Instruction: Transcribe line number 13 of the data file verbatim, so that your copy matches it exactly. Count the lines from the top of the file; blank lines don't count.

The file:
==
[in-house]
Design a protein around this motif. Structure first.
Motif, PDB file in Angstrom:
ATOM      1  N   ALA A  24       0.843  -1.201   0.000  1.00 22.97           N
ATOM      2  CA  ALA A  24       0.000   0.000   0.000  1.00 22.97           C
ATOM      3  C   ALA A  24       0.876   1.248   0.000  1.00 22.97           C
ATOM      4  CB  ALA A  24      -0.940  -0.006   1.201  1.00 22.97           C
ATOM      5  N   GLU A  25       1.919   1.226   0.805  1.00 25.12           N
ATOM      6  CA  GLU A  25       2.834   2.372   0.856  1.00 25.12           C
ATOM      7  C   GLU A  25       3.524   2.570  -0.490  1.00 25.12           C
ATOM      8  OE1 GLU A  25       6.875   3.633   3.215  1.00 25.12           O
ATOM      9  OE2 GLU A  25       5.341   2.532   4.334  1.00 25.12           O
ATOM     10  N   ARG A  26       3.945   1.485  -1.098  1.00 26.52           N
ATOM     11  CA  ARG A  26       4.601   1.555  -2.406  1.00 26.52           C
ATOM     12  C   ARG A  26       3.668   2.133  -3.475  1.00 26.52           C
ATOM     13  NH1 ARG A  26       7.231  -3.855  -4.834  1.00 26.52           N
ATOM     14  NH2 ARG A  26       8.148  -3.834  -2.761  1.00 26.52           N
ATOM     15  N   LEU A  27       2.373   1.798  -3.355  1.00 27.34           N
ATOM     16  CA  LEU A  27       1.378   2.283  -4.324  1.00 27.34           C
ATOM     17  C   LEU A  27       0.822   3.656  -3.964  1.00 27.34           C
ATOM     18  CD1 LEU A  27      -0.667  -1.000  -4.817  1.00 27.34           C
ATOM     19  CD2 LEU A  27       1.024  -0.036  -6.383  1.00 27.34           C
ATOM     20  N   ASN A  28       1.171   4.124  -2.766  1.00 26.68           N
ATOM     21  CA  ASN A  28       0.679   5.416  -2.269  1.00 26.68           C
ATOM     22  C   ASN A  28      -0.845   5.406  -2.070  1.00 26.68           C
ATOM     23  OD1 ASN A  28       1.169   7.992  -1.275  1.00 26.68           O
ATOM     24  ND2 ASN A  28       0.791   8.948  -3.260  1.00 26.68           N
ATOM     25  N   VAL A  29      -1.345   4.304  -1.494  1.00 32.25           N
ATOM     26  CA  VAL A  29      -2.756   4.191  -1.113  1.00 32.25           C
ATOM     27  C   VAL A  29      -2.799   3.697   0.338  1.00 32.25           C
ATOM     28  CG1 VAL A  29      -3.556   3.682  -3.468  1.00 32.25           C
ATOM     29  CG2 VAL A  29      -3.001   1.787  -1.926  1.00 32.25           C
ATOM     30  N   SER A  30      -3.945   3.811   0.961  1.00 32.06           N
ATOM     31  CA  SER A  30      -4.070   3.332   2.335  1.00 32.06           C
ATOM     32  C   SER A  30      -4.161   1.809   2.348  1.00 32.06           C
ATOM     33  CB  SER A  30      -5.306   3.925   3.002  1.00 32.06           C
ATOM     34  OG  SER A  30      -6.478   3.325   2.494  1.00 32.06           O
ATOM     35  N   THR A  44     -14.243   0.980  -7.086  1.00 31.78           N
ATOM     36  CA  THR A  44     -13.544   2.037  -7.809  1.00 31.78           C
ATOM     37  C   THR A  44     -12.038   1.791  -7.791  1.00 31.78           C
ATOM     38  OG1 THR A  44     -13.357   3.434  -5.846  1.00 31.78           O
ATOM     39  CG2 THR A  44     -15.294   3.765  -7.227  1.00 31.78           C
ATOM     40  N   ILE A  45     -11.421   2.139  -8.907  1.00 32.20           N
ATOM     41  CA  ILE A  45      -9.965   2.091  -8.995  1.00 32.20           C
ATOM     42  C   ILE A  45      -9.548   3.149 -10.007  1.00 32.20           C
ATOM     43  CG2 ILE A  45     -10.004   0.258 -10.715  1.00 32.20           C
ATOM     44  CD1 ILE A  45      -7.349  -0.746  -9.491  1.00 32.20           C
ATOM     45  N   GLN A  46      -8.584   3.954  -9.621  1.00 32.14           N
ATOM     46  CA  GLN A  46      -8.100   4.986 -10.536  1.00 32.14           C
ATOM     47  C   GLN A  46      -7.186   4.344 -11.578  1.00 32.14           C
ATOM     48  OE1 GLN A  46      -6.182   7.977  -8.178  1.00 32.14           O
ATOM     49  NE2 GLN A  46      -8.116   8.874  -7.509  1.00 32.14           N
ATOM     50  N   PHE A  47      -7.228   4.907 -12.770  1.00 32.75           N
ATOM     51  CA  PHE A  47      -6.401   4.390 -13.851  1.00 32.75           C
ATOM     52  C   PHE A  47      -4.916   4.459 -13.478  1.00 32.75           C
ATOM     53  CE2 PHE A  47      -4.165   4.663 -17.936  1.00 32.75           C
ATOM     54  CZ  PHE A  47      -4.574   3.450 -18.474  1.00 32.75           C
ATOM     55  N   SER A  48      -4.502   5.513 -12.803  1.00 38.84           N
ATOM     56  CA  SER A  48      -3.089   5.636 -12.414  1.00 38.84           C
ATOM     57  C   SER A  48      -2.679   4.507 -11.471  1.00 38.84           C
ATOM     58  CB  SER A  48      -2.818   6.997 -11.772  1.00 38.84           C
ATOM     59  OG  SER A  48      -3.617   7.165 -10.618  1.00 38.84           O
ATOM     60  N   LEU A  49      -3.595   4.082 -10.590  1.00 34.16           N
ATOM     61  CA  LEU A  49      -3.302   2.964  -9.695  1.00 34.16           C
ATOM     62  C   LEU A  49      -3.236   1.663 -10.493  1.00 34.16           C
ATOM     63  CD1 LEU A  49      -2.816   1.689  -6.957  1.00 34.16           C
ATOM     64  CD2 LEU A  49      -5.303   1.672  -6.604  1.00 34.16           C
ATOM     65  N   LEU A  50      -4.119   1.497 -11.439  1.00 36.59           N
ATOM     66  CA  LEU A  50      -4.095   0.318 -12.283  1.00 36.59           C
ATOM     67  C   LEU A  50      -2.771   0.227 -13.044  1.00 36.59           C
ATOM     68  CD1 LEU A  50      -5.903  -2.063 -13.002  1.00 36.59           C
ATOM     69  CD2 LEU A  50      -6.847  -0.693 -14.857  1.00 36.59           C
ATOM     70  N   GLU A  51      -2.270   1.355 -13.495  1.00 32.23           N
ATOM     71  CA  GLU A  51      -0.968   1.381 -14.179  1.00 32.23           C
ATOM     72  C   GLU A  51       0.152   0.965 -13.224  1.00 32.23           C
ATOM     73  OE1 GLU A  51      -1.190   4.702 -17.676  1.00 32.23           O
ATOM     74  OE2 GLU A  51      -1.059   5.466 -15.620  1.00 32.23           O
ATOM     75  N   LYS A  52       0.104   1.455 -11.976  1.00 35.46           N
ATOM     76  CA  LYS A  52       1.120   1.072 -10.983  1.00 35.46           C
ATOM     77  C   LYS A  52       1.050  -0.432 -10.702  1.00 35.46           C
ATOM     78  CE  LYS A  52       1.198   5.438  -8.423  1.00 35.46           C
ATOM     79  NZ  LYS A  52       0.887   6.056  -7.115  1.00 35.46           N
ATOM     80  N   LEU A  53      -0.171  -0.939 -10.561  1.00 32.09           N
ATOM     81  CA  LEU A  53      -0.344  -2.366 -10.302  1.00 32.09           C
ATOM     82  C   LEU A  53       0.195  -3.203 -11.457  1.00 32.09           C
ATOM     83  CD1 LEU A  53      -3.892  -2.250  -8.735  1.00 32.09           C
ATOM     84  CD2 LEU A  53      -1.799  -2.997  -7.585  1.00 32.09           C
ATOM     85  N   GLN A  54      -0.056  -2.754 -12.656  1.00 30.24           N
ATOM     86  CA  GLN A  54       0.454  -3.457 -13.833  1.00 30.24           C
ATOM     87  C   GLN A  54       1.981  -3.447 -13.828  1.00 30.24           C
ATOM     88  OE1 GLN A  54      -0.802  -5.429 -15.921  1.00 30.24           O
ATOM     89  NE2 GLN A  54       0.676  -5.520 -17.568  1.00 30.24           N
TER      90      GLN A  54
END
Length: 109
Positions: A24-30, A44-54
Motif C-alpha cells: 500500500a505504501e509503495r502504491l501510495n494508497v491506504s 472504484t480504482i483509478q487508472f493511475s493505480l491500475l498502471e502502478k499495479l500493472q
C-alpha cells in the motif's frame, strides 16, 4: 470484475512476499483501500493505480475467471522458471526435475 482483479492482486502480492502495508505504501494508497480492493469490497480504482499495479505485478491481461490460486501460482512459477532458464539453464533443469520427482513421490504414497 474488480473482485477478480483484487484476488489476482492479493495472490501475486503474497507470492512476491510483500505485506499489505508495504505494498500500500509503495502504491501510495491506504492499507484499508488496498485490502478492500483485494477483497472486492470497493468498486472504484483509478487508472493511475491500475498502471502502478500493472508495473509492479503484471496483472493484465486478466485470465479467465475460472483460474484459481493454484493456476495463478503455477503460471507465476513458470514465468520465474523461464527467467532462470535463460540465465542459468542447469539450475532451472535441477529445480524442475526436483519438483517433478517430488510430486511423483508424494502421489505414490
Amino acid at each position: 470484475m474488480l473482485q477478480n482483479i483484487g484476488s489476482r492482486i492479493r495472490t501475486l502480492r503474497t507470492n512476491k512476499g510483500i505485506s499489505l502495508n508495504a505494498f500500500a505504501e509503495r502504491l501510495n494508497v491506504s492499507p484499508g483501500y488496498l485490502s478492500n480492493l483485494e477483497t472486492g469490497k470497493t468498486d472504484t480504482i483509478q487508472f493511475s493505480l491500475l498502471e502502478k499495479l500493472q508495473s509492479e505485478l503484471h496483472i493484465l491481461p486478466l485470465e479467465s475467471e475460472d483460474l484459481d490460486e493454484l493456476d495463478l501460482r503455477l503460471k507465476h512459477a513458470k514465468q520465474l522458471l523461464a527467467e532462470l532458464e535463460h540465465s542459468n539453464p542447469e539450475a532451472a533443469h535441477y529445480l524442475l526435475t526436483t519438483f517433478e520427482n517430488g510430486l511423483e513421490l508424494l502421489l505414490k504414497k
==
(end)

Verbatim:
ATOM     10  N   ARG A  26       3.945   1.485  -1.098  1.00 26.52           N